IRVINE – A teammate’s pass was quick and on target.
The blow too.
In a nanosecond, Benoit-Olivier Groulx passed the puck past goalie Roman Durny and into the back of the net, one of the many highlights of the Ducks rookie team’s training Thursday at Great Park Ice, before their participation in the play of recruits. Tournament in Arizona.
The bus to Scottsdale left Irvine with five first-round picks on board, including Jamie Drysdale (sixth overall in 2020), Mason McTavish (third in 21) and Trevor Zegras (ninth in 19). Groulx was not among the five, having been selected in the second round (54th overall) in 2018.
Groulx, a 21-year-old center, became one of the Ducks’ top prospects after just one season with their AHL team, the San Diego Gulls, following a stellar career in the Quebec Major Junior Hockey League. He was the Gulls’ third-leading scorer with 29 points (10 goals, 19 assists) last season.
Andrew Poturalski, 27, led San Diego with 43 points, and Chase De Leo, 25, was the Gulls’ second-leading scorer with 35 points last season.
Groulx’s playing does not present the same kind of sizzle as Zegras. Groulx and Zegras play at the same position, but different games. Zegras is a flashy playmaker who can bring fans to the edge of their seats. Groulx can also produce, but in a way that doesn’t always make the best part of the evening.
Subtle play can also be effective.
Solid two-way play is always welcome at all levels of hockey, and especially in the NHL.
âI know what they want from me,â said Groulx of his role in the upcoming tournament. âI’m one of the older guys here and they expect me to lead the way on and off the ice. I think since I’m one of the most experienced in terms of NHL camps, I’m going to help the kids.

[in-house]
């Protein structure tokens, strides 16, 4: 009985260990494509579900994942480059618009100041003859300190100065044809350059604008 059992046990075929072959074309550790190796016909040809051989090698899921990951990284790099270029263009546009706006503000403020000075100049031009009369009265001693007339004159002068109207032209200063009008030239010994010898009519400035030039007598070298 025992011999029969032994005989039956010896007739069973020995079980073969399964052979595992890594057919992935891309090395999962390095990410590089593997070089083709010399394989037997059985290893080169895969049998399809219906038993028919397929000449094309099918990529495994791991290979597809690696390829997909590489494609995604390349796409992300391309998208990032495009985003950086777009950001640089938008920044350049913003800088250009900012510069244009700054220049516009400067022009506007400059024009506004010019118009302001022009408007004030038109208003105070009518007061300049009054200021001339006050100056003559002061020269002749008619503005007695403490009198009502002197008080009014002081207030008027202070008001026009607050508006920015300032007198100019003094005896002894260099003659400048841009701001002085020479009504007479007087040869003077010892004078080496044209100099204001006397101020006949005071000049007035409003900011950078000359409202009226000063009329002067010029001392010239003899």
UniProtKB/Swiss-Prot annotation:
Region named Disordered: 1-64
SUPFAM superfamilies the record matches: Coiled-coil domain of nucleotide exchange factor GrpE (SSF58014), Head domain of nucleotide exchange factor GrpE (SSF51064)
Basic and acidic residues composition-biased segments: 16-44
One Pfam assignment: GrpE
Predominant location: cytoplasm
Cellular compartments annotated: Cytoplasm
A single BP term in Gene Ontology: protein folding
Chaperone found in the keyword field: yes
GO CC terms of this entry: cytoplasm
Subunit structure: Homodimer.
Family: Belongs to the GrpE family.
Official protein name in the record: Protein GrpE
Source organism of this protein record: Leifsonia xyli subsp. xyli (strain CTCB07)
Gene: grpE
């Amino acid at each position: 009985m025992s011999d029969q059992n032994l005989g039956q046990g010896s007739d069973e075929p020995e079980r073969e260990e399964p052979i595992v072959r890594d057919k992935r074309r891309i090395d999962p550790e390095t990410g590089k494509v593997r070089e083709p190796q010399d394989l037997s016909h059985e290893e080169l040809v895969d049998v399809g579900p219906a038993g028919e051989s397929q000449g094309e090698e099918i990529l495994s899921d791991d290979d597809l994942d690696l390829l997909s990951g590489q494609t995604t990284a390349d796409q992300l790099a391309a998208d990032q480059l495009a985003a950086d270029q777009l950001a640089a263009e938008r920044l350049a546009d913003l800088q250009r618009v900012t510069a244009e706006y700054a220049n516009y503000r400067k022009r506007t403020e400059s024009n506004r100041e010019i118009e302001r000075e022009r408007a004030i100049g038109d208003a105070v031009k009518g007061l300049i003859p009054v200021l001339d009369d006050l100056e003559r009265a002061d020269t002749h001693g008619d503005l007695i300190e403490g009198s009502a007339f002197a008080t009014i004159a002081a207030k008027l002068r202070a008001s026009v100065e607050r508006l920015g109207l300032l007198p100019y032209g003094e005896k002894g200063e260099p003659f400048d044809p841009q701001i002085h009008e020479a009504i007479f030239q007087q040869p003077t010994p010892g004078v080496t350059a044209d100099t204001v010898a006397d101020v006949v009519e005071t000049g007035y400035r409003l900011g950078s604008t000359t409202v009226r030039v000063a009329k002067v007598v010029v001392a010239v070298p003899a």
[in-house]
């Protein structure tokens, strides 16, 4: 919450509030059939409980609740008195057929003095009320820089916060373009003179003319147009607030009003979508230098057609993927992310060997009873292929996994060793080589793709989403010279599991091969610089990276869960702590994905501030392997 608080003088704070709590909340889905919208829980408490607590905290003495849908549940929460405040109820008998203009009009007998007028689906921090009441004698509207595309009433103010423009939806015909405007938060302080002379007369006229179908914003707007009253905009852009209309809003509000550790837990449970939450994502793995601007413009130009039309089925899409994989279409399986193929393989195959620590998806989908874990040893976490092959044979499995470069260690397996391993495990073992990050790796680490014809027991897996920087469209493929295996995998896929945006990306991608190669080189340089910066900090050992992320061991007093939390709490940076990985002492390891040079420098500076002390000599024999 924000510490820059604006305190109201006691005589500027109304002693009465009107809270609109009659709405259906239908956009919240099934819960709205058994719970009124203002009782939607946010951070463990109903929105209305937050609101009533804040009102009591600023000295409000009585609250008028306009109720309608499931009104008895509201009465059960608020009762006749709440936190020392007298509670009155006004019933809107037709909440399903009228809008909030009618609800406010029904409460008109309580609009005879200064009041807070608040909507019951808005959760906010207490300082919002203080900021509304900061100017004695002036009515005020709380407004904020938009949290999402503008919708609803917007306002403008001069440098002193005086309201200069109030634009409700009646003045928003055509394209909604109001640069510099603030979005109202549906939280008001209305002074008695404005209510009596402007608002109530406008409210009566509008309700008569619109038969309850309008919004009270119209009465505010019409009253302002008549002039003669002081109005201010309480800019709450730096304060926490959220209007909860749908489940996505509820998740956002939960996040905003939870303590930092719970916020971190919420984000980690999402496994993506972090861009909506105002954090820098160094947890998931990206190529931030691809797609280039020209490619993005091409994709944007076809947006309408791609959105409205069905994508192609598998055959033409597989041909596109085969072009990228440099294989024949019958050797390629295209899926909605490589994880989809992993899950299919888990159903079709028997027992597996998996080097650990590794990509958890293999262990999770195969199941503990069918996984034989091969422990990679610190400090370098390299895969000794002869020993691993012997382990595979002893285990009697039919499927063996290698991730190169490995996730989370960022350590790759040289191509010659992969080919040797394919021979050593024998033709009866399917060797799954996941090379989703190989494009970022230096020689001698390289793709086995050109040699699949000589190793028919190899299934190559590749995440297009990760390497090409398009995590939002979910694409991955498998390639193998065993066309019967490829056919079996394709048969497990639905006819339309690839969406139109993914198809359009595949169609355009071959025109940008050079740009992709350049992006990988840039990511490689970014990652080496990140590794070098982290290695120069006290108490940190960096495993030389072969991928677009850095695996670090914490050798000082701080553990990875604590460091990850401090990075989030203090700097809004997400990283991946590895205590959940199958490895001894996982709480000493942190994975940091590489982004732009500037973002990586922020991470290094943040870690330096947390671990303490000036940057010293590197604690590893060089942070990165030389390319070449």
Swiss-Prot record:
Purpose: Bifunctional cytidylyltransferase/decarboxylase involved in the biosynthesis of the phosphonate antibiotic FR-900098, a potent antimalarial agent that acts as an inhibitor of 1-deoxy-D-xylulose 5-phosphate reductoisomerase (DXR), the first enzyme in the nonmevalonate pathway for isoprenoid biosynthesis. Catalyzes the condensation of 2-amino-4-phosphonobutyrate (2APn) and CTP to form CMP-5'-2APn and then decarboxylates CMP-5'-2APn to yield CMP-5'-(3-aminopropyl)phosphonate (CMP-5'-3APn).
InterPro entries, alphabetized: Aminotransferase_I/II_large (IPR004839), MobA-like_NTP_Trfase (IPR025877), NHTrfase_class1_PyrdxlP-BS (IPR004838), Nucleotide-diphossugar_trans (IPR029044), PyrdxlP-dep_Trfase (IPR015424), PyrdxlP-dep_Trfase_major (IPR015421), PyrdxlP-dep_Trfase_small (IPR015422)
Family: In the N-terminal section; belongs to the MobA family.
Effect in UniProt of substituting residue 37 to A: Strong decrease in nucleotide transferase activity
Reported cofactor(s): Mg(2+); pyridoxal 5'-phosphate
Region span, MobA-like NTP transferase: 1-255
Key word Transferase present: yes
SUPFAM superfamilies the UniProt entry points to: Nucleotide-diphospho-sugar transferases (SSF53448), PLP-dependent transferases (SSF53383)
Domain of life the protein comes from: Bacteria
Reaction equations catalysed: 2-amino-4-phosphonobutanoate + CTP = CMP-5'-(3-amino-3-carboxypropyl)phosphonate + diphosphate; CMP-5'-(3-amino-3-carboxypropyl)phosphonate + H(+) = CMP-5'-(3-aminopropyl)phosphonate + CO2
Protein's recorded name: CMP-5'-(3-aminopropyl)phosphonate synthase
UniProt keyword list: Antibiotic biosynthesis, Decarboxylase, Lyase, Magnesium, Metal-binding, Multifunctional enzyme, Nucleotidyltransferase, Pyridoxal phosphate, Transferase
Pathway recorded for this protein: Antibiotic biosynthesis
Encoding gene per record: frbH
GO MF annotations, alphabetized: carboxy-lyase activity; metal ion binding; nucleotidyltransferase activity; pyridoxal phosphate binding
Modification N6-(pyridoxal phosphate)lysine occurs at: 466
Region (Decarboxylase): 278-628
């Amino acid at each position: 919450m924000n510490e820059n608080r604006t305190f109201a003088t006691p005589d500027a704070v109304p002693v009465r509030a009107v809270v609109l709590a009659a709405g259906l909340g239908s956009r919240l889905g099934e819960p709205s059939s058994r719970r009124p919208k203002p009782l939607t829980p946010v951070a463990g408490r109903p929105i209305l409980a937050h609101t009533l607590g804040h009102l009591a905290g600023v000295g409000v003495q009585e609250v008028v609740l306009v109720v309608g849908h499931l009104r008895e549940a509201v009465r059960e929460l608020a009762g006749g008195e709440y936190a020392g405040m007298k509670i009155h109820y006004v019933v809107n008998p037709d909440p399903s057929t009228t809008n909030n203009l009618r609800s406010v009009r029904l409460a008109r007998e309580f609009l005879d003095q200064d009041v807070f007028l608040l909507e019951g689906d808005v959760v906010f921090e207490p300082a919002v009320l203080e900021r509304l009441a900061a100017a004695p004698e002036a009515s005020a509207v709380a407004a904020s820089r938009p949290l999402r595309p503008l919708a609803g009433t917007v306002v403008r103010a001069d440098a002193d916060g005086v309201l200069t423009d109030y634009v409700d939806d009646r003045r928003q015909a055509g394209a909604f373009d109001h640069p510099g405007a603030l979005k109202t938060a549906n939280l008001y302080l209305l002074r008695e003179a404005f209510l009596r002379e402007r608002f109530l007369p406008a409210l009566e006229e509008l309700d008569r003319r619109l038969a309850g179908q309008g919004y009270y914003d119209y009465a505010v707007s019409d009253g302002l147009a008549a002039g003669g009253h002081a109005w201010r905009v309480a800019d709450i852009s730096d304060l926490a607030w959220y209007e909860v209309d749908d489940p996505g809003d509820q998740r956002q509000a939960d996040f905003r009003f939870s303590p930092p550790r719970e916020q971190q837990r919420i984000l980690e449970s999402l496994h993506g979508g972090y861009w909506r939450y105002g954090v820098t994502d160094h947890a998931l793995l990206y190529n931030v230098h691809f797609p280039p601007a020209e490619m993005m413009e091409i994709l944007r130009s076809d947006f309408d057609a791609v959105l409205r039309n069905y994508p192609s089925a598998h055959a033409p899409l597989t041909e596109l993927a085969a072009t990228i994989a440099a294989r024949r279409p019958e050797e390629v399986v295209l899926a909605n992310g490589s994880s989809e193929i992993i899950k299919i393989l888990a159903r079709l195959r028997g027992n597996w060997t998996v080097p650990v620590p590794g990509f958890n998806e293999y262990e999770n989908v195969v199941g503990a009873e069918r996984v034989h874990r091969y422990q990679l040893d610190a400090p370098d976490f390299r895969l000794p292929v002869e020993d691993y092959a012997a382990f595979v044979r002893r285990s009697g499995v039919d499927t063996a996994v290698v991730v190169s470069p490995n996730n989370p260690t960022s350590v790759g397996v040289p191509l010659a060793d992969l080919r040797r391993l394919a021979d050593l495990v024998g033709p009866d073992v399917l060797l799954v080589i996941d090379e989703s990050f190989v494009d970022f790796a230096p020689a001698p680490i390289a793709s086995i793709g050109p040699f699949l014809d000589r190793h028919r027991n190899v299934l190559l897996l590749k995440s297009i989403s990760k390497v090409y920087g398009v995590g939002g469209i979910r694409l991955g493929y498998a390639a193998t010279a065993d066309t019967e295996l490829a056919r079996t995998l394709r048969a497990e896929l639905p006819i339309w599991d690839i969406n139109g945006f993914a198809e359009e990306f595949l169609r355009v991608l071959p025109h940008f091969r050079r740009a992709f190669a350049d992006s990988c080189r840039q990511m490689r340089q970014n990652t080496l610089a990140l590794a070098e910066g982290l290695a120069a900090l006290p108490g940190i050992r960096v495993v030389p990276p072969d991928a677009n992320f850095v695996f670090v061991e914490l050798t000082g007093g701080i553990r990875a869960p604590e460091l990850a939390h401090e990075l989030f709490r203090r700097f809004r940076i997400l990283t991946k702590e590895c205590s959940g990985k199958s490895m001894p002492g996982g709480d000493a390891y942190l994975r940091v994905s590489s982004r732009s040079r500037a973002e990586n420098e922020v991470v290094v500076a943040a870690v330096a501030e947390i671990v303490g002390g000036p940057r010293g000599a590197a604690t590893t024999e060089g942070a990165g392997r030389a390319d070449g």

After a slow start to the rookie season in San Diego, Groulx has regained his comfort zone. By the end of the season, he had claimed a central role, winning and winning key faceoffs late in the game in the defensive zone and defending against the opposition’s best crosses. He accepted it willingly and he excelled at it.
But the past is in the past.
Groulx has high expectations for himself this coming season, possibly even fighting for a place in the roster when training camp begins for the whole squad next Thursday at Great Park Ice. The Ducks’ first exhibition game is on September 26, and they open the regular season on October 13 against the Winnipeg Jets at the Honda Center.
âI just want to come here and show that I’ve improved a lot this summer,â said Groulx. âI had a very, very, very good offseason. Lots of power. Lots of speed. I want to show it off in the Rookie tournament. After that, in the main camp, I just want to go one day at a time. I don’t want to put too much pressure on myself to roster on opening night. (But) I really want to show how much I’ve improved over the summer.
“I think good things will happen if I do this.”
Groulx impressed Gulls coach Joel Bouchard long before hitting the ice for Ducks development camp earlier this month. Bouchard, hired to replace Kevin Dineen as coach of the Gulls during the offseason, is a long-time friend of Groulx’s father, Benoit, and faced Benoit-Olivier’s teams while he was a QMJHL coach.
More recently, Bouchard coached the Montreal Canadiens in the AHL, the Laval Rocket.
âI know ‘BO’ because I tracked him down in the midget category and coached against him in the Quebec league,â said Bouchard. âIt’s always fun to see young guys growing up in hockey, seeing them at 15 and seeing them at 22 or 23. I saw ‘BO’ back then and all of a sudden you see him turn into a good pro.
“It’s always fun.”
DUCKS ROKIE FACEOFF TOURNAMENT SCHEDULE
Friday: against the San Jose Sharks, 5 p.m., Scottsdale, Ariz.
Sunday: vs. Colorado Avalanche, 4 p.m., Scottsdale, Ariz.
On Monday: against the Arizona Coyotes at noon, Glendale, Arizona.